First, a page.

Sunflowers are beautiful and happy flowers that come with an ability to orient themselves towards the sun to soak up the most light. They use a phenomenon called phototropism to squeeze the most energy out of the sun. Keeping this phenomenon in mind, engineers have now designed solar panels using nanotechnology that copy sunflower’s trait of catching sun, reports Science Alert.

The research has been carried out by scientists from the University of California, Los Angeles, and Arizona State University. They have constructed tiny stems that bend towards a bright light source and can help improve the efficiency of different types of solar technologies. This new artificial phototropic system is based on “nanostructured stimuli-responsive polymers” that come packed with an ability to align themselves to the direction of light in three-dimensions over a wide range of temperature. This is possible because of a built-in feedback loop that’s integrated in the photothermal and mechanical properties of the material. Because, this system acts similar to a sunflower, they’re termed as “sunflower-like biomimetic omnidirectional tracker” or SunBOT.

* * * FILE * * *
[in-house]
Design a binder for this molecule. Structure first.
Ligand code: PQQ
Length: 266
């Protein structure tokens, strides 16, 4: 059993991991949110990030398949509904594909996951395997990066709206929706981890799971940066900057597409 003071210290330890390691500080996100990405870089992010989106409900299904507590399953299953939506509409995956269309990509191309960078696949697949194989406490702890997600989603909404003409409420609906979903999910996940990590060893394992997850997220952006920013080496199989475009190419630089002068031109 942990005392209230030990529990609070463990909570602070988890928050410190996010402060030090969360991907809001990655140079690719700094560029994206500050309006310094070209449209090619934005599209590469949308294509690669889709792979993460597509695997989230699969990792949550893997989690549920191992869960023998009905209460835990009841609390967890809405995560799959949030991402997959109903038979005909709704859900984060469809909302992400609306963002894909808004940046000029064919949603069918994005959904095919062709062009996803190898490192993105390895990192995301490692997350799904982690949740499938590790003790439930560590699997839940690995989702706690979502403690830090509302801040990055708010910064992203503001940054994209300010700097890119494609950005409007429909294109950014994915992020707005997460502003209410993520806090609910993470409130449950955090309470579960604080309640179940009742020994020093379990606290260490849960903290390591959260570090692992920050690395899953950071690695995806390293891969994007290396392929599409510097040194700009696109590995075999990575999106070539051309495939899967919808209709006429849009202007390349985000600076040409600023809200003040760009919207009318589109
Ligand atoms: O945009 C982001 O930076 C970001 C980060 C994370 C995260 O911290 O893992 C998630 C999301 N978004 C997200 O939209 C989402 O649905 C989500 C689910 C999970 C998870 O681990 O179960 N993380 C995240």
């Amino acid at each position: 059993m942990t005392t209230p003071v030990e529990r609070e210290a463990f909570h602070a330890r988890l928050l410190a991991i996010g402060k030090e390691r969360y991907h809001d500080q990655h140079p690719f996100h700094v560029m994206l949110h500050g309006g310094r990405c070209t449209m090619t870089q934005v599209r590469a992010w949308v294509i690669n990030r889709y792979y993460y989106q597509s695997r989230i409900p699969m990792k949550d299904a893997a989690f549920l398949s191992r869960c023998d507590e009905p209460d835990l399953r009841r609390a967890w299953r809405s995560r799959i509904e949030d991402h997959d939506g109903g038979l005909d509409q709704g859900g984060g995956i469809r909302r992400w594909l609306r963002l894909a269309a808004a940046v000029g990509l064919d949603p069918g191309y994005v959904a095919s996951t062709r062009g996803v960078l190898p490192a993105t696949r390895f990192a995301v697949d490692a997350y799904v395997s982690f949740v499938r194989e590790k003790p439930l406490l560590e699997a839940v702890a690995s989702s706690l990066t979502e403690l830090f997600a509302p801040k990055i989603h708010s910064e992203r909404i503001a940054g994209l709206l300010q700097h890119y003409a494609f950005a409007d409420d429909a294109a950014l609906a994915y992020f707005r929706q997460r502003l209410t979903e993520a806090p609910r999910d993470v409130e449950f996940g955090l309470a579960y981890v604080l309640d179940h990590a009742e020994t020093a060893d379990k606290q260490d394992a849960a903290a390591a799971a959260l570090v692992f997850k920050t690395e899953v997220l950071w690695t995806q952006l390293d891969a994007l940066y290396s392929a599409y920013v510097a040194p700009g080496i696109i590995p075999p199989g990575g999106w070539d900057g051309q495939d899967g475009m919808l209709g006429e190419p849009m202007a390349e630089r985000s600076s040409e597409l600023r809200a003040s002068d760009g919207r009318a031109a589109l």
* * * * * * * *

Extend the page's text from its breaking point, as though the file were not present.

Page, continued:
“We show that an array of SunBOTs can, in principle, be used in solar vapour generation devices, as it achieves up to a 400% solar energy-harvesting enhancement over non-tropistic materials at oblique illumination angles. The principle behind our SunBOTs is universal and can be extended to many responsive materials and a broad range of stimuli,” states the researchers.

Researchers further stated that technologies like SunBOT can help in case of enhanced solar harvesters, adaptive signal receivers, smart windows, and self-regulating optical devices among others.